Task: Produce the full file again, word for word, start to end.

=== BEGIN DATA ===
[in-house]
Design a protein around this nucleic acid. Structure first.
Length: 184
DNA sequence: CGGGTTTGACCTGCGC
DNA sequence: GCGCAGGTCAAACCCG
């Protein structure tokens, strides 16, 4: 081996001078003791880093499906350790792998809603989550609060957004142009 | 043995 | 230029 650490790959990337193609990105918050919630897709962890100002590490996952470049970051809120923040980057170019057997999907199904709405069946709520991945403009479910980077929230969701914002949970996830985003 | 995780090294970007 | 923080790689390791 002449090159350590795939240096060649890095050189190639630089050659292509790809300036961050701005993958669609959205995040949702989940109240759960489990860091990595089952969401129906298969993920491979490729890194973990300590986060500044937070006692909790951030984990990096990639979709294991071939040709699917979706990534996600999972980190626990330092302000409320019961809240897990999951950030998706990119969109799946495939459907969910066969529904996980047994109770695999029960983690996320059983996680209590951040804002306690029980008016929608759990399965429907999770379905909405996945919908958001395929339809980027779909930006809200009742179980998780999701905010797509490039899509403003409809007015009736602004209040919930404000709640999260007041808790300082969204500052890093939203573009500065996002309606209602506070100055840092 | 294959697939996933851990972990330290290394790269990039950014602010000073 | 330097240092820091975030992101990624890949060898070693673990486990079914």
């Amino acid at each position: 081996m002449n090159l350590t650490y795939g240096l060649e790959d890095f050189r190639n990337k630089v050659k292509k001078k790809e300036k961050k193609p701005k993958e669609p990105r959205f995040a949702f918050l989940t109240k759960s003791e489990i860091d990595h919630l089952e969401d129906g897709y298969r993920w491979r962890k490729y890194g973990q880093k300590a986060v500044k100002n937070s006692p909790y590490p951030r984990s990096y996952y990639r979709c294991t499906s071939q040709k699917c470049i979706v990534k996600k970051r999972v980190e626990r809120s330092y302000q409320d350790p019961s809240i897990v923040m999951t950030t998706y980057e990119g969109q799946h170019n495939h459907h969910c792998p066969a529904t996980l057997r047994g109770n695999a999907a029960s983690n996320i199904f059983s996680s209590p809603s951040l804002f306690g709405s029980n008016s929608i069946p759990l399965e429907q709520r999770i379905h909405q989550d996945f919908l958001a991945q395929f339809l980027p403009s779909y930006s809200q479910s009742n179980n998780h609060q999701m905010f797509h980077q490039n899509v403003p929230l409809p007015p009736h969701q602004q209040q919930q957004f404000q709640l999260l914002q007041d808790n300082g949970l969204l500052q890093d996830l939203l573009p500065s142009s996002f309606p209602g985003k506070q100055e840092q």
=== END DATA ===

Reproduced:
[in-house]
Design a protein around this nucleic acid. Structure first.
Length: 184
DNA sequence: CGGGTTTGACCTGCGC
DNA sequence: GCGCAGGTCAAACCCG
């Protein structure tokens, strides 16, 4: 081996001078003791880093499906350790792998809603989550609060957004142009 | 043995 | 230029 650490790959990337193609990105918050919630897709962890100002590490996952470049970051809120923040980057170019057997999907199904709405069946709520991945403009479910980077929230969701914002949970996830985003 | 995780090294970007 | 923080790689390791 002449090159350590795939240096060649890095050189190639630089050659292509790809300036961050701005993958669609959205995040949702989940109240759960489990860091990595089952969401129906298969993920491979490729890194973990300590986060500044937070006692909790951030984990990096990639979709294991071939040709699917979706990534996600999972980190626990330092302000409320019961809240897990999951950030998706990119969109799946495939459907969910066969529904996980047994109770695999029960983690996320059983996680209590951040804002306690029980008016929608759990399965429907999770379905909405996945919908958001395929339809980027779909930006809200009742179980998780999701905010797509490039899509403003409809007015009736602004209040919930404000709640999260007041808790300082969204500052890093939203573009500065996002309606209602506070100055840092 | 294959697939996933851990972990330290290394790269990039950014602010000073 | 330097240092820091975030992101990624890949060898070693673990486990079914």
């Amino acid at each position: 081996m002449n090159l350590t650490y795939g240096l060649e790959d890095f050189r190639n990337k630089v050659k292509k001078k790809e300036k961050k193609p701005k993958e669609p990105r959205f995040a949702f918050l989940t109240k759960s003791e489990i860091d990595h919630l089952e969401d129906g897709y298969r993920w491979r962890k490729y890194g973990q880093k300590a986060v500044k100002n937070s006692p909790y590490p951030r984990s990096y996952y990639r979709c294991t499906s071939q040709k699917c470049i979706v990534k996600k970051r999972v980190e626990r809120s330092y302000q409320d350790p019961s809240i897990v923040m999951t950030t998706y980057e990119g969109q799946h170019n495939h459907h969910c792998p066969a529904t996980l057997r047994g109770n695999a999907a029960s983690n996320i199904f059983s996680s209590p809603s951040l804002f306690g709405s029980n008016s929608i069946p759990l399965e429907q709520r999770i379905h909405q989550d996945f919908l958001a991945q395929f339809l980027p403009s779909y930006s809200q479910s009742n179980n998780h609060q999701m905010f797509h980077q490039n899509v403003p929230l409809p007015p009736h969701q602004q209040q919930q957004f404000q709640l999260l914002q007041d808790n300082g949970l969204l500052q890093d996830l939203l573009p500065s142009s996002f309606p209602g985003k506070q100055e840092q």